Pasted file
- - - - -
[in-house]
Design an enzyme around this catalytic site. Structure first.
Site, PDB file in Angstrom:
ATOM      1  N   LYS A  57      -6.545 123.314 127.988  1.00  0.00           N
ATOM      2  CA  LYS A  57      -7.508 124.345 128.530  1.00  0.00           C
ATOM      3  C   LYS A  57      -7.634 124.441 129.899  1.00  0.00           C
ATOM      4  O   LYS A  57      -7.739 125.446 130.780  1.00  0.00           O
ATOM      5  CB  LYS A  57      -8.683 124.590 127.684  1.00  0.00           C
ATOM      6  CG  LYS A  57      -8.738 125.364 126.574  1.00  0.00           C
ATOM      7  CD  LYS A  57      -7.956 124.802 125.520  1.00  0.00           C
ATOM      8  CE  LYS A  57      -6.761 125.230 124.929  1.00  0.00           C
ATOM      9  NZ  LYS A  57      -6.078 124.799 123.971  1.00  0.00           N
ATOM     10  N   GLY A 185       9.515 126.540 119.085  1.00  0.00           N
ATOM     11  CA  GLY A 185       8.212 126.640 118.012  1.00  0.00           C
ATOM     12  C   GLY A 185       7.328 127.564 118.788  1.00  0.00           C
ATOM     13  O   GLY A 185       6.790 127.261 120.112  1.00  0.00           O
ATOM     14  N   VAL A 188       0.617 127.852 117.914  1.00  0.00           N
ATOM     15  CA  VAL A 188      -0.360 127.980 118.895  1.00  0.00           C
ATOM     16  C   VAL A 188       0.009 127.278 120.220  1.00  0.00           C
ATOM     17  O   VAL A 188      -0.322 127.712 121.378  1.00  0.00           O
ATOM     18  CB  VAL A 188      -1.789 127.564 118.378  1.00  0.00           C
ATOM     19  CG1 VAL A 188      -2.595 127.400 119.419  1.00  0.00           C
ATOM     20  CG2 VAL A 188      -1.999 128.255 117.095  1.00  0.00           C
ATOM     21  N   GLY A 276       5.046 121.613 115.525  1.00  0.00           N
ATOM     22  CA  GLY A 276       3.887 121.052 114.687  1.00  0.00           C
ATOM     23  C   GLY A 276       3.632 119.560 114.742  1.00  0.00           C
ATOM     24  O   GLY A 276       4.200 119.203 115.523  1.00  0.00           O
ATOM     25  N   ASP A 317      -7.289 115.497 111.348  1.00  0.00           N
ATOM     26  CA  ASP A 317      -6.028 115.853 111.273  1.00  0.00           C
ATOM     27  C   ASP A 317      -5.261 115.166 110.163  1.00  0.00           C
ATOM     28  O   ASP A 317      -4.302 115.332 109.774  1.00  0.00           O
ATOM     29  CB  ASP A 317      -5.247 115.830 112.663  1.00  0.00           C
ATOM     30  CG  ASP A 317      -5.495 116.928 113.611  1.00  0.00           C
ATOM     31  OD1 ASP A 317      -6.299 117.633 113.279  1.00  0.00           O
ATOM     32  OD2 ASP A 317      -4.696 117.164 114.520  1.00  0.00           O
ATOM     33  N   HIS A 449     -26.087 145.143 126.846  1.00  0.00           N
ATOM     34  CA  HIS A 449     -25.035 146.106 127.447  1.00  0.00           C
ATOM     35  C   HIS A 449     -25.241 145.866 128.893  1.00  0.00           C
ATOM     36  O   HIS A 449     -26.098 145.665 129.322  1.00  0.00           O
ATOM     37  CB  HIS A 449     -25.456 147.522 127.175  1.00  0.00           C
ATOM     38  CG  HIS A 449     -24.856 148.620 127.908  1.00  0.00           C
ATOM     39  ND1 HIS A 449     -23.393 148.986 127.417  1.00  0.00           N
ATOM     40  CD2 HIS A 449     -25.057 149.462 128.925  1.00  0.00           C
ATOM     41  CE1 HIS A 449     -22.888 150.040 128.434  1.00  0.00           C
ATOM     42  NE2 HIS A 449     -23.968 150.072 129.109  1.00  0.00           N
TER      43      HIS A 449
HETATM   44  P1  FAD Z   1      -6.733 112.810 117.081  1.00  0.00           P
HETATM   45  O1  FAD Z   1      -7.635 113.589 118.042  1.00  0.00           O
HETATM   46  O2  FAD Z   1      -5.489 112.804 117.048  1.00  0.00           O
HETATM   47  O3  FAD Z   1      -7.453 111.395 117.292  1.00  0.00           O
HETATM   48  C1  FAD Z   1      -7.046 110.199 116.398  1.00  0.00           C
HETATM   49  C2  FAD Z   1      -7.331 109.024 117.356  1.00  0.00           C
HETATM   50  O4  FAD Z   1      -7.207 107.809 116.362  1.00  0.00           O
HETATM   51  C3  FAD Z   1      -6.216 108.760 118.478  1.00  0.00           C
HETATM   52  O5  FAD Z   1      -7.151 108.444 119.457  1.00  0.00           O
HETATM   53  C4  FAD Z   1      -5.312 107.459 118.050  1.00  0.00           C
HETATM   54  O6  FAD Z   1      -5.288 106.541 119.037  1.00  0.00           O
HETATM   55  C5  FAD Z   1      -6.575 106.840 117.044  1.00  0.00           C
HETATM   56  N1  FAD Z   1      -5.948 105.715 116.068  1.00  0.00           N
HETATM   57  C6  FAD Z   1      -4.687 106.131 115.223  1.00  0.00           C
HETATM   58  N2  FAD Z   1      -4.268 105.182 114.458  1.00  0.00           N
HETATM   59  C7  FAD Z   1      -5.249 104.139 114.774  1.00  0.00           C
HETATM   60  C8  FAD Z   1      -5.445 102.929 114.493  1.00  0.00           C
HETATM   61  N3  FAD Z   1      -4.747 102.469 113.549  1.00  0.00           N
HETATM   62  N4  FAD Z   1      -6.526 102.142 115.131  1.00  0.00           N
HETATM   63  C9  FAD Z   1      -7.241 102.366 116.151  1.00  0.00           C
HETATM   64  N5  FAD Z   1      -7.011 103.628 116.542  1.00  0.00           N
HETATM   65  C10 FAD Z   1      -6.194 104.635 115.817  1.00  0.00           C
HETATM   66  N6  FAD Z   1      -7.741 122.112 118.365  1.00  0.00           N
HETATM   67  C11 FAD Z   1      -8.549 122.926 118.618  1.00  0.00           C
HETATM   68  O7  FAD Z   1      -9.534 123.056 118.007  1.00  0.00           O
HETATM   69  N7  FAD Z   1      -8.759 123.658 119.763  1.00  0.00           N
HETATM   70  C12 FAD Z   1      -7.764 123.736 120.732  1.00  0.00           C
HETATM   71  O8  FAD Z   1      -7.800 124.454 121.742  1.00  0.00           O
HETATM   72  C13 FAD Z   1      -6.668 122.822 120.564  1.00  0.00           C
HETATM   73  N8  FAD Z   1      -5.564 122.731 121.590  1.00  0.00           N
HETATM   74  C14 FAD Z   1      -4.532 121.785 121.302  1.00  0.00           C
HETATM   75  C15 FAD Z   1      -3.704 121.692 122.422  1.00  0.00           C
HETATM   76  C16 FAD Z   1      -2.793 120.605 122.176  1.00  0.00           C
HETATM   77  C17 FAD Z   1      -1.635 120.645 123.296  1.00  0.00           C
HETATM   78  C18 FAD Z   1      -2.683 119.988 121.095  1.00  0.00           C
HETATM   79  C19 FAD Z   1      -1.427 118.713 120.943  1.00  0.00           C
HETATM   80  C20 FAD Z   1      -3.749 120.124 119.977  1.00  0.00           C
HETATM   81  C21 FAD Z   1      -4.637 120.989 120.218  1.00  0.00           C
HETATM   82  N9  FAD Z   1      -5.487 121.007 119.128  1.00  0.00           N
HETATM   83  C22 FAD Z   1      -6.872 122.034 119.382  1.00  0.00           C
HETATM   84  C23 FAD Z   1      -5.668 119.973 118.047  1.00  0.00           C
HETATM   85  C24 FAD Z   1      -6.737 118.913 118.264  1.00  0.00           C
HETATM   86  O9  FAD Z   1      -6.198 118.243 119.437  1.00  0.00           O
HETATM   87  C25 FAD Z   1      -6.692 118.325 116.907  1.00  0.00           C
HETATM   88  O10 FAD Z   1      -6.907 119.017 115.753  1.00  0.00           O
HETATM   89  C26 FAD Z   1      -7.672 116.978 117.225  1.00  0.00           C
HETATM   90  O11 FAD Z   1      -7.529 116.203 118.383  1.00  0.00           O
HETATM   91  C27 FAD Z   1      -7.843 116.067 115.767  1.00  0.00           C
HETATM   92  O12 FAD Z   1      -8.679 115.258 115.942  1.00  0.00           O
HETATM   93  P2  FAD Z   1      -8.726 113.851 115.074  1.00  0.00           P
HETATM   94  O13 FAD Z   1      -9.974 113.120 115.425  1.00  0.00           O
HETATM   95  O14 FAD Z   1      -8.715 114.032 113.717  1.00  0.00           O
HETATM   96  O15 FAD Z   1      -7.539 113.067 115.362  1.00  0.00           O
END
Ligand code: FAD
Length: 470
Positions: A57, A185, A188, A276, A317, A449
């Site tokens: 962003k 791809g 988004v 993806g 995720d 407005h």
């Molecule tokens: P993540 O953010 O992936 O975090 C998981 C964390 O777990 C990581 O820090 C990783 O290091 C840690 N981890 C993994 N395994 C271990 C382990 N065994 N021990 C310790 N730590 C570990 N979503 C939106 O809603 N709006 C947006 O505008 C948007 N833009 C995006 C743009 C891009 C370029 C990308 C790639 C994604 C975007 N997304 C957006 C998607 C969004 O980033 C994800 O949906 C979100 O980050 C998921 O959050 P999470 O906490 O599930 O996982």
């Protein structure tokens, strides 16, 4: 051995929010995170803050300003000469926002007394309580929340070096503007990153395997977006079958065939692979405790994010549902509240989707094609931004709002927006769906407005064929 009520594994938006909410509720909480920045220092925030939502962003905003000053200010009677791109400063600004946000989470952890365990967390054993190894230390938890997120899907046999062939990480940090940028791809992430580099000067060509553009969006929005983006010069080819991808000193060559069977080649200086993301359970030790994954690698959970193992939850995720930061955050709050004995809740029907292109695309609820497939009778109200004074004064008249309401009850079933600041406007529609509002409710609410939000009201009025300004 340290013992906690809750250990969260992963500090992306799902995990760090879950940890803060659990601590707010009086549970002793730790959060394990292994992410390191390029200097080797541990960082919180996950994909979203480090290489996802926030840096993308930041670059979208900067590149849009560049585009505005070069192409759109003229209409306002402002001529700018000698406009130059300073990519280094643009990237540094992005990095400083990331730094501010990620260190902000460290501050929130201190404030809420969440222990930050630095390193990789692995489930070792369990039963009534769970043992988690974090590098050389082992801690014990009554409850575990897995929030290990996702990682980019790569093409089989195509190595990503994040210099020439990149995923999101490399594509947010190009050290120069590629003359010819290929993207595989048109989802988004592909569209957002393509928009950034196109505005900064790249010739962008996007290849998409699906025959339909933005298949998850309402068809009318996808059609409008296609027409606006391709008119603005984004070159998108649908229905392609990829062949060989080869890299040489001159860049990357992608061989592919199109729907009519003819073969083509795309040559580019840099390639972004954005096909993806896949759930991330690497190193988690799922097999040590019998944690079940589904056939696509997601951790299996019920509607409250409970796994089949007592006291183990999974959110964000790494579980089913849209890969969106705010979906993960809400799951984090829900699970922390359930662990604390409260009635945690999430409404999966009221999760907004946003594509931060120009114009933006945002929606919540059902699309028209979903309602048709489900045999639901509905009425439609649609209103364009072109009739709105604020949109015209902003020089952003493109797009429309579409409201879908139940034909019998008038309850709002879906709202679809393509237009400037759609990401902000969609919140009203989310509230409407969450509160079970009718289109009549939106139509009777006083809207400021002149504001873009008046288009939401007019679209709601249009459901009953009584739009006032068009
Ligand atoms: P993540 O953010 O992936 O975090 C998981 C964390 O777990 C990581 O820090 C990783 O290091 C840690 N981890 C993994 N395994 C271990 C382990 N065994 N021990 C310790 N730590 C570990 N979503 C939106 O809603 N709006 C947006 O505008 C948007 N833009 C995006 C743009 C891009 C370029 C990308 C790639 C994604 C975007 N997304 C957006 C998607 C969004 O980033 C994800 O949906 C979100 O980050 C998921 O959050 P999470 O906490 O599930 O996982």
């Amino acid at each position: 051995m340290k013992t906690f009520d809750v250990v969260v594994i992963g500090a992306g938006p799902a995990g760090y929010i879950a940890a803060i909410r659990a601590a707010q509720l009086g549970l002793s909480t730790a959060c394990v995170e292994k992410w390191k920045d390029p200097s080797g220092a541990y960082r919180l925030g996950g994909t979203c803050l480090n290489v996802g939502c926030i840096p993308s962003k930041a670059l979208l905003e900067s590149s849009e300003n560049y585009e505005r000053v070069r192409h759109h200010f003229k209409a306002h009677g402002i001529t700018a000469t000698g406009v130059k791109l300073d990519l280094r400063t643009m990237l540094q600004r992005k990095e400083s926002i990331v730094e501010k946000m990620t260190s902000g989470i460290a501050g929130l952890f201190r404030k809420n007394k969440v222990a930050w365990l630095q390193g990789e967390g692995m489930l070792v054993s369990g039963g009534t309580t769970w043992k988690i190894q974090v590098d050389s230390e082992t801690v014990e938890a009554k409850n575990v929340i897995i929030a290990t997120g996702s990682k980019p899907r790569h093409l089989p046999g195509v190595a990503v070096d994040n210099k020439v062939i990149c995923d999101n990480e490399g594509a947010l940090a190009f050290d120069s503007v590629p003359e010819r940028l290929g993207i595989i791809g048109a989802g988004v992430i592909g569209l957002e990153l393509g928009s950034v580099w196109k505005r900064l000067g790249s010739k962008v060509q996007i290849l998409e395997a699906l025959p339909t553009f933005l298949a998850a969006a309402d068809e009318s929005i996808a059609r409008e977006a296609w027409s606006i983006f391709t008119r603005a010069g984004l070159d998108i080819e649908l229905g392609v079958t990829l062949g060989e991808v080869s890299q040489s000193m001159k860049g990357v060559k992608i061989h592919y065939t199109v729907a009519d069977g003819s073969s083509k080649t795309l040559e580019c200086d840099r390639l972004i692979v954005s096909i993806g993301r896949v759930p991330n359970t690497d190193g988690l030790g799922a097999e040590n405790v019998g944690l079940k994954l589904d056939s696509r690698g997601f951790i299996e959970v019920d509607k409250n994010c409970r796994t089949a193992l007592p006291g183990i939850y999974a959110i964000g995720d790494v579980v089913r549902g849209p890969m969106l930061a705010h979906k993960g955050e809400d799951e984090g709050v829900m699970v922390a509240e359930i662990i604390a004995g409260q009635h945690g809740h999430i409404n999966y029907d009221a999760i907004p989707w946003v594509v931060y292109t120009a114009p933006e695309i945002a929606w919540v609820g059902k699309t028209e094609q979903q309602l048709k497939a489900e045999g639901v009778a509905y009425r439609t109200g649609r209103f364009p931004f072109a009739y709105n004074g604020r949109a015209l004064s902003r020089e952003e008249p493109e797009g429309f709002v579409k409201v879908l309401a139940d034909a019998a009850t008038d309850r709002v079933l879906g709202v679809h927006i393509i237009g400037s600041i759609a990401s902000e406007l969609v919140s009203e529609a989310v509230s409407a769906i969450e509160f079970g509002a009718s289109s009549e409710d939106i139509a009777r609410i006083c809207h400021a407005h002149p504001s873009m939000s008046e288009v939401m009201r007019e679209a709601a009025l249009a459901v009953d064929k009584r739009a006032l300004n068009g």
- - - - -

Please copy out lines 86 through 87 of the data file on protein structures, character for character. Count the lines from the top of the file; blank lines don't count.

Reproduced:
HETATM   83  C22 FAD Z   1      -6.872 122.034 119.382  1.00  0.00           C
HETATM   84  C23 FAD Z   1      -5.668 119.973 118.047  1.00  0.00           C